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Kari Laasonen - Tanja Kallio - Maarit Karppinen - Pertti Kauranen - Energy Storage - Smart Energy Transition - Annual Seminar - 15.2.2017 - Aalto University

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Kari Laasonen - Tanja Kallio - Maarit Karppinen - Pertti Kauranen - Energy Storage - Smart Energy Transition - Annual Seminar - 15.2.2017 - Aalto University - Aalto BIZ - Aalto CHEM - Department of Chemistry and Materials Science - Finland

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Kari Laasonen - Tanja Kallio - Maarit Karppinen - Pertti Kauranen - Energy Storage - Smart Energy Transition - Annual Seminar - 15.2.2017 - Aalto University

  1. 1. Energy Storage Kari Laasonen*, Tanja Kallio, Maarit Karppinen, Pertti Kauranen Department of Chemistry and Materials Science, Aalto University, Finland
  2. 2. There are several needs for energy storage https://www.iea.org/publications/freepublications/publication/TechnologyRoadmapEnergystorage.pdf
  3. 3. Most of the energy storage technologies are not mature These include Flow battery and Hydrogen
  4. 4. At the moment the pumped hydroelectric is really used. (Not very relevant to Finland)
  5. 5. Batteries • Li-ion batteries are getting cheaper due to mass production (Tesla GigaFactory) • Chemistry is quite ready. In Aalto new development for the anode materials. • The Li-ion batteries are still expensive but • This could drive down the cost of electric cars that use Tesla's battery technology such as the Toyota RAV4 EV and Tesla Model X which announced for 2014 to $190/kWh by 2016. • 2014 manufacturers were already offering battery packs with a cost of about $300/kWh
  6. 6. Flow Batteries – Huge batteries where the energy is stored to a metal solution – Convenient for large scale storage (storage capacity 25 Wh/kg) – Often vanadium ions (vanadium is expensive) – In Aalto we investigate Cu ion Flow battery – The cost estimation of this battery is 200$/kWh in early state and even 100$/kWh at large scale production state – The organic aqueous flow battery is expected to cost 180$/kWh once the technology is fully developed (http://dx.doi.org/10.1002/aenm.201501449) A 1 MW, 4 MW·h (14 GJ) UniEnergy Technologies Energy Storage system (Uni.System) owned by Avista Utilities and installed in Pullman Washington in April 2015.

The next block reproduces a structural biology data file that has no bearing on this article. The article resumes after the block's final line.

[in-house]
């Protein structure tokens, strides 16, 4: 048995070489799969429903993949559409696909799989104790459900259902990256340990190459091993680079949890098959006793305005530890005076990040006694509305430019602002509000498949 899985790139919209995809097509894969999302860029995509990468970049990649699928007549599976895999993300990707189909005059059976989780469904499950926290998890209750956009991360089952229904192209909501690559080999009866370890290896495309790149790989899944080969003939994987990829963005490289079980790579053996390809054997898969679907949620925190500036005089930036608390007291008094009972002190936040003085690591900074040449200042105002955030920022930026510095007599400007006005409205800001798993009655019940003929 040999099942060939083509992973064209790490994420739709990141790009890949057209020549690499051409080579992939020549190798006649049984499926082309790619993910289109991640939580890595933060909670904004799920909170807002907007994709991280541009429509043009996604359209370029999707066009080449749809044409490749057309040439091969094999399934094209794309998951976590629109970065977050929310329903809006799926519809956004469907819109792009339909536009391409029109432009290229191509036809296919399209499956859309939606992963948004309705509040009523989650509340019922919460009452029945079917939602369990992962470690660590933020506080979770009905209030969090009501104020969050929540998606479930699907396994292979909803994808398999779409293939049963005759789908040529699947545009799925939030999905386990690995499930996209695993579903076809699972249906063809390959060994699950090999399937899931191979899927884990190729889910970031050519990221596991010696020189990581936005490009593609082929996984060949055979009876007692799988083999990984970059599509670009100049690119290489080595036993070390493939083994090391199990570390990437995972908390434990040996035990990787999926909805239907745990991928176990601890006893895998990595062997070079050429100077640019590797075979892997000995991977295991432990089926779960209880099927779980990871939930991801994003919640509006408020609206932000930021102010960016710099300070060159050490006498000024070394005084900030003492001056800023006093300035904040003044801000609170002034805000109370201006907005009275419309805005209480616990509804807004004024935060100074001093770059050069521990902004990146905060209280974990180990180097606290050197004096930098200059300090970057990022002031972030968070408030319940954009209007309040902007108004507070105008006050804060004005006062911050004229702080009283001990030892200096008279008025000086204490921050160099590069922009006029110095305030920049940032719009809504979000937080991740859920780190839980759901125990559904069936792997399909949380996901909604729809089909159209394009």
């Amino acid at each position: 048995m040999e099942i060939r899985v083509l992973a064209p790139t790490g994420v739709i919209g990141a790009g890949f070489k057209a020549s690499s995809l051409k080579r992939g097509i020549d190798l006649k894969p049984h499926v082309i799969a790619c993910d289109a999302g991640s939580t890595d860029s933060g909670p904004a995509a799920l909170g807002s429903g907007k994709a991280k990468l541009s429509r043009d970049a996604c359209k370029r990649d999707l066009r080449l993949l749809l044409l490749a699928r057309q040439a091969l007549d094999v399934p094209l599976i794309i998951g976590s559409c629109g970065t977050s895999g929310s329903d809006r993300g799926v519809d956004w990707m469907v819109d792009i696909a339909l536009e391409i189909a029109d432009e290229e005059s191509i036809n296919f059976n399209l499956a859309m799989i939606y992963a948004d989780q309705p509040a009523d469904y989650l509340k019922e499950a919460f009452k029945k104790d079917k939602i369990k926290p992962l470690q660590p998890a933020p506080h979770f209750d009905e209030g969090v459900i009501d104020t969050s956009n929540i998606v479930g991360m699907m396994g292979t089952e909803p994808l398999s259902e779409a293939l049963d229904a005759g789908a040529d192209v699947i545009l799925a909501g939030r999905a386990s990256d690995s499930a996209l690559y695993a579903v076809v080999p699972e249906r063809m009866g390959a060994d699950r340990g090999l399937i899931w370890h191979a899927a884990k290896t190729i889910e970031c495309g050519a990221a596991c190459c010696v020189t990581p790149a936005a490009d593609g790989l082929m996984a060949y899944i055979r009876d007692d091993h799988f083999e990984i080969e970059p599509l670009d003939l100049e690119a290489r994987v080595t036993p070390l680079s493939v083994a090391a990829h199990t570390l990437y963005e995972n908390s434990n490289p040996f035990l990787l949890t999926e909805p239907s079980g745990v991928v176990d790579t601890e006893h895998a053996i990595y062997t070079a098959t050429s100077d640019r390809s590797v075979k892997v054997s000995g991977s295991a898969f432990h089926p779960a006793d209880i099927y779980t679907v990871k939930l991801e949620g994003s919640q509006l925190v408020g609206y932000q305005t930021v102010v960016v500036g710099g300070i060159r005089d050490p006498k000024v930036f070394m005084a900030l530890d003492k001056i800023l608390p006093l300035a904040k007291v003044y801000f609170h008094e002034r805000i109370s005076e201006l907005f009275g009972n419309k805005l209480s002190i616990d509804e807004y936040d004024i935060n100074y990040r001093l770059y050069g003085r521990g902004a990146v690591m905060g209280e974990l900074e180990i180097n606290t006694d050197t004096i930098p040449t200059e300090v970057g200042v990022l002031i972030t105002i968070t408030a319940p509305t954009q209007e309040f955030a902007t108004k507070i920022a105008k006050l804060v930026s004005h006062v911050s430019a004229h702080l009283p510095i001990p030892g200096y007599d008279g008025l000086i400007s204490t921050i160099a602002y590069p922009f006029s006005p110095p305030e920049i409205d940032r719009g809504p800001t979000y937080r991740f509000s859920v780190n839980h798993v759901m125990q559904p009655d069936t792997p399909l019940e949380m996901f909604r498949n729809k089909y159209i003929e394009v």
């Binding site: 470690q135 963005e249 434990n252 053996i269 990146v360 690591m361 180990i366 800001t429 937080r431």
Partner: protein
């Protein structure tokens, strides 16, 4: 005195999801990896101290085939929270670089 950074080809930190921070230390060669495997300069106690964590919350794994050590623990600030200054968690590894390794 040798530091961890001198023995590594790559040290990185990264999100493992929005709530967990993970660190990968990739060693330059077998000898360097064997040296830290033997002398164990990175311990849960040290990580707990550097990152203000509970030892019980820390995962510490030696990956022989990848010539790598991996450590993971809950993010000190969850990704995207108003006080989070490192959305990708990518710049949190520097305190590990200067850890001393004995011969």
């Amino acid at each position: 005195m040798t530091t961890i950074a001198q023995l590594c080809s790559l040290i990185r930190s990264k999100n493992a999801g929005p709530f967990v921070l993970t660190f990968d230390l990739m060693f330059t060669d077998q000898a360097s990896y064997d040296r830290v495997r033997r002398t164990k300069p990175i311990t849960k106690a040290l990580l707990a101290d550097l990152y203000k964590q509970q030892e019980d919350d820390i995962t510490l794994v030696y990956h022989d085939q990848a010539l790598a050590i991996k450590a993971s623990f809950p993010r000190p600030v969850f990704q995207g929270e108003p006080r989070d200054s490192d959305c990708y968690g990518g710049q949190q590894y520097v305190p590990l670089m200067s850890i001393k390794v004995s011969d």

7. 7. Costs Estimate at 2016
  8. 8. Hydrogen • Fuel cells exist – They are expensive, due to the Pt as catalyst – High energy density, fast to refuel, high pressure gas require complex infra structure – In Aalto we have developed new non-Pt catalyst for fuel cells. Motivation: The present Fuel cell require ca. 0.5 g Pt per kW, or 50 g Pt per 100 kW vehicle. At present, around 200 tons of Pt are produced each year. So using current technology, only 4 million cars could be produced. – About 1/3 of the Fuel cell cost comes from the Pt – Their mass production has not started. – The next generation FC’s may be ready at 2030
  9. 9. Fe-Carbon based Hydrogen catalyst developed in Aalto
  10. 10. • Most of the energy storage methods are still expensive (should be 90 -160 $/MWh) • This target is probably realistic with todays ideas – they need to be made as products • We need energy storage if we want to increase the solar and wind energy. • Germany set a new record on May 11. 2014, by getting nearly three quarters of its electricity from renewable sources during a midday peak. Nonetheless, Craig Morris says the resulting negative prices are both good news and bad news • The so-called spot price of electricity in Texas fell toward zero, hit zero, and then went negative for several hours. (Sept. 2015) • There will be more and more “free” energy which need to be stored. • May be the storage cost will be the major cost of energy in future.
  11. 11. Questions?

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